POLITICS

This Drug Could Save Thousands Of Lives A Year, So Why Aren't We Using It?

In this Tuesday Feb. 27, 2012 photo, Kathy Deady holds up a tube of Naloxone Hydrochloride, also known as Narcan, in her Quin
In this Tuesday Feb. 27, 2012 photo, Kathy Deady holds up a tube of Naloxone Hydrochloride, also known as Narcan, in her Quincy, Mass., home. Narcan is a nasal spray used as an antidote for opiate drug overdoses. Deady twice had to use the drug on her son, who was suffering from an overdose of heroin. The drug counteracts the effects of heroin, OxyContin and other powerful painkillers and has been routinely used by ambulance crews and emergency rooms in the U.S. and other countries for decades. But in the past few years, public health officials across the nation have been distributing it free to addicts and their loved ones, as well as to some police and firefighters. (AP Photo/Charles Krupa)

The national drug overdose epidemic has been steadily on the rise for nearly 20 years. From 1999 to 2010, deaths surged a colossal 102 percent. And while overdoses kill more people each year than either cars or guns, the debate over what can be done to address the disturbing trend often gets overshadowed by noisier killers.

On Saturday, the 13th annual International Overdose Awareness Day, drug policy reform advocates and those affected by overdoses will gather around the world, putting solutions front and center.

One such solution is naloxone, a prescription-only opiate reversal drug that has already been used to save thousands of lives. Supporters say it could easily save thousands more if it was more widely distributed. Opiate-based prescription drugs and heroin account for the vast majority of overdose deaths, making the debate around naloxone particularly critical.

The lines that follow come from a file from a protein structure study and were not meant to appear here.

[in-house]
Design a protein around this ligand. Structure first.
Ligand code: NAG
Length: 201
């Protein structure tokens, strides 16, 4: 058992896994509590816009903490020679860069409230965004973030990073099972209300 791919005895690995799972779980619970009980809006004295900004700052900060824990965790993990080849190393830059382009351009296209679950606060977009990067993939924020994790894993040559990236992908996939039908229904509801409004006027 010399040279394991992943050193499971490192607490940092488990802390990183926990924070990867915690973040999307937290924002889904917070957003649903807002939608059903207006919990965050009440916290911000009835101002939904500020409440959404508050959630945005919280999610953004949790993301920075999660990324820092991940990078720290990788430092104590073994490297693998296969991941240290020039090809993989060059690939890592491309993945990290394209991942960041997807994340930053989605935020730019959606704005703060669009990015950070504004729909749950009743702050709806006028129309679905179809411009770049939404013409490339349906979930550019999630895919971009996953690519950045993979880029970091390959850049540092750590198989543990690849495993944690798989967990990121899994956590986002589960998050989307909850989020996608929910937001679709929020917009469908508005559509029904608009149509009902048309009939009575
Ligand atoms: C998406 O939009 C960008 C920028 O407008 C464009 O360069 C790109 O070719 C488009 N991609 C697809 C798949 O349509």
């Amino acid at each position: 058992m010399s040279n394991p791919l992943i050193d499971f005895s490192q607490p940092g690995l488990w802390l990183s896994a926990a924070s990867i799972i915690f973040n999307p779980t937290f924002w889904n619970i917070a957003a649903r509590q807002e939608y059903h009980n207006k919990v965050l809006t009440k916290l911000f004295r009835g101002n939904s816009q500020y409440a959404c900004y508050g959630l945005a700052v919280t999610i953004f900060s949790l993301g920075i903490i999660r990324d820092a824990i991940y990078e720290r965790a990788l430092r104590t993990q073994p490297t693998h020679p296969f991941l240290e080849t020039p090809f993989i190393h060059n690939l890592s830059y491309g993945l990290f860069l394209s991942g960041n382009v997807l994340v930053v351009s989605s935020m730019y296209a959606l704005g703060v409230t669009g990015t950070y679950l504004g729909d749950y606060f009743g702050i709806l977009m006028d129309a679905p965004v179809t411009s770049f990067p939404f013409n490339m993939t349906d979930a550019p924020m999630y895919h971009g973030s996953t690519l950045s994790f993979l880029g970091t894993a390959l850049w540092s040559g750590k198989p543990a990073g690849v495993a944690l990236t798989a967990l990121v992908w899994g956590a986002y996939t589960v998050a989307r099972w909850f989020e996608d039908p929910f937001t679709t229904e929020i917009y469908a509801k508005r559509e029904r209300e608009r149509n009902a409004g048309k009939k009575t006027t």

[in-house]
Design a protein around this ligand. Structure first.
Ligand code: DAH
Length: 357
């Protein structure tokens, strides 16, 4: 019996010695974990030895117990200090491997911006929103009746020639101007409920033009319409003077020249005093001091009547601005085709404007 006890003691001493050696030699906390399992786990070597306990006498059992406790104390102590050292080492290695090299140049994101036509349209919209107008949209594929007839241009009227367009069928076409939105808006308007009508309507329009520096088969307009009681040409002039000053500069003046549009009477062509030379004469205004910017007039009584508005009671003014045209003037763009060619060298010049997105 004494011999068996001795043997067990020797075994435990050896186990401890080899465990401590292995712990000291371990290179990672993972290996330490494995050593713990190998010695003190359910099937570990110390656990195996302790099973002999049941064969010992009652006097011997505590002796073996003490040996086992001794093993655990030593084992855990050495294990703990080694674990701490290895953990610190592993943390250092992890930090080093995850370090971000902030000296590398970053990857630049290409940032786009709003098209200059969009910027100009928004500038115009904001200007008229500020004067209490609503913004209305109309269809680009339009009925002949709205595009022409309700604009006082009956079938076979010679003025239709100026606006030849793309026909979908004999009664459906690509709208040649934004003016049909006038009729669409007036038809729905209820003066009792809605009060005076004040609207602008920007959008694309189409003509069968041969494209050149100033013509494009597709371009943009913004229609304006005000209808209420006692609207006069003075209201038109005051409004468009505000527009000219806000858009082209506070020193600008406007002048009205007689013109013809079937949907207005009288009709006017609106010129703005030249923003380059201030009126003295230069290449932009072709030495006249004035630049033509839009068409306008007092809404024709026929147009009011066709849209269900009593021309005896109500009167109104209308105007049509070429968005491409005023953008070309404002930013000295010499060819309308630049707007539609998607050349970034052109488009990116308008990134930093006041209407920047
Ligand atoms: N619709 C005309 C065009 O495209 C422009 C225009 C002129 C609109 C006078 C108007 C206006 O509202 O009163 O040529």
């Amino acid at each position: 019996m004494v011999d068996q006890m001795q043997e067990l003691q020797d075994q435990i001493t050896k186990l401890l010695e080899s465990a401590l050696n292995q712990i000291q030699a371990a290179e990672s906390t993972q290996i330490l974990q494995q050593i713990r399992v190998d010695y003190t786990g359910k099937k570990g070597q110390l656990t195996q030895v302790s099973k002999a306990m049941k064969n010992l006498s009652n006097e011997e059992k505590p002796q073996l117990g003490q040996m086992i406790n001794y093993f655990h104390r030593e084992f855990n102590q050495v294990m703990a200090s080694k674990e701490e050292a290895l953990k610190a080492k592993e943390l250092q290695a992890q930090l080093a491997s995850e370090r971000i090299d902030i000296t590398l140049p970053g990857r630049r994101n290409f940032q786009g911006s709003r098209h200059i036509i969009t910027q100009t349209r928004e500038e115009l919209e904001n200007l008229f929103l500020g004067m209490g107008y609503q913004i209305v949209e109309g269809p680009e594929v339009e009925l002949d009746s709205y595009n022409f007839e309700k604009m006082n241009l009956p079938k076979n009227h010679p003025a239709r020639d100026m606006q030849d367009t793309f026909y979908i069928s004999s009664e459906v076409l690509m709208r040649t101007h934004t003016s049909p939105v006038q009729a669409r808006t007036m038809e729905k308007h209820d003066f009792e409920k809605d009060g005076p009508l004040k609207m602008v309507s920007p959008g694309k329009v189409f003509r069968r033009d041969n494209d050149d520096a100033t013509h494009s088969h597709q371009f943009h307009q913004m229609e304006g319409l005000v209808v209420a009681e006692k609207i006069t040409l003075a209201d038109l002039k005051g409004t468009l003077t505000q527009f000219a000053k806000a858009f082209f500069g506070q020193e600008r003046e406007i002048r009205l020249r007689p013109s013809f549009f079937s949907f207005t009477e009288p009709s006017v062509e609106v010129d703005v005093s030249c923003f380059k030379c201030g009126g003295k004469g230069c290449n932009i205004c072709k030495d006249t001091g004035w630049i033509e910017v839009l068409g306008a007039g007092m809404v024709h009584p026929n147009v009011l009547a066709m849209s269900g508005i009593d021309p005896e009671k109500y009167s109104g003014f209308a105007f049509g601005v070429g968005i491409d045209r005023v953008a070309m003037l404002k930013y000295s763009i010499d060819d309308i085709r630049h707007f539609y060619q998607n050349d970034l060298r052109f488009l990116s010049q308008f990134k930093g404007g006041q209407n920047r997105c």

On its own, naloxone isn't controversial. It was approved for use by the Food and Drug Administration in 1971. It's non-addictive, non-toxic, fairly cheap and easy to administer through nasal or intravenous application. Studies have been found that naloxone is capable of reducing overdose deaths by as much as 50 percent when paired with proper training and distribution.

The New York Times explained how naloxone works to counter an overdose in a recent story about a New York state effort to more widely distribute the generic drug:

Opioids function in the body by attaching to specific proteins, called opioid receptors. When opioids attach, the body relaxes and breathing slows. But too much of an opioid can cause respiration to slow to a lethal level.

Naloxone acts by competing with opioids for the receptor sites, essentially pushing the opioids out of the way and reversing the effects of the drugs.

Despite the effectiveness of naloxone, many states have yet to adopt measures that would remove obstacles to distributing the drug to addicts, family members and first responders. The Fix, a website that covers addiction and recovery, explained opposition to naloxone as a "moral discomfort among drug warriors who apparently feel that the wages of drug use should be death." Many of the drug's critics claim that increasing access to naloxone will only encourage increasingly dangerous drug use, though studies have not been able to confirm this hypothesis. Proponents are quick to point out that any risks associated with naloxone would be minimal compared with the alternative -- death.

At least 15 states -- Virginia, California, Colorado, Connecticut, Illinois, Kentucky, Massachusetts, Maryland, New Jersey, New Mexico, New York, Oregon, Rhode Island, North Carolina and Washington state, as well as the District of Columbia -- have passed laws addressing the drug. These measures range from giving legal protection to those who administer naloxone to an overdose victim, to providing training and doses of the drug to first responders or family members who may not have a prescription for it themselves.

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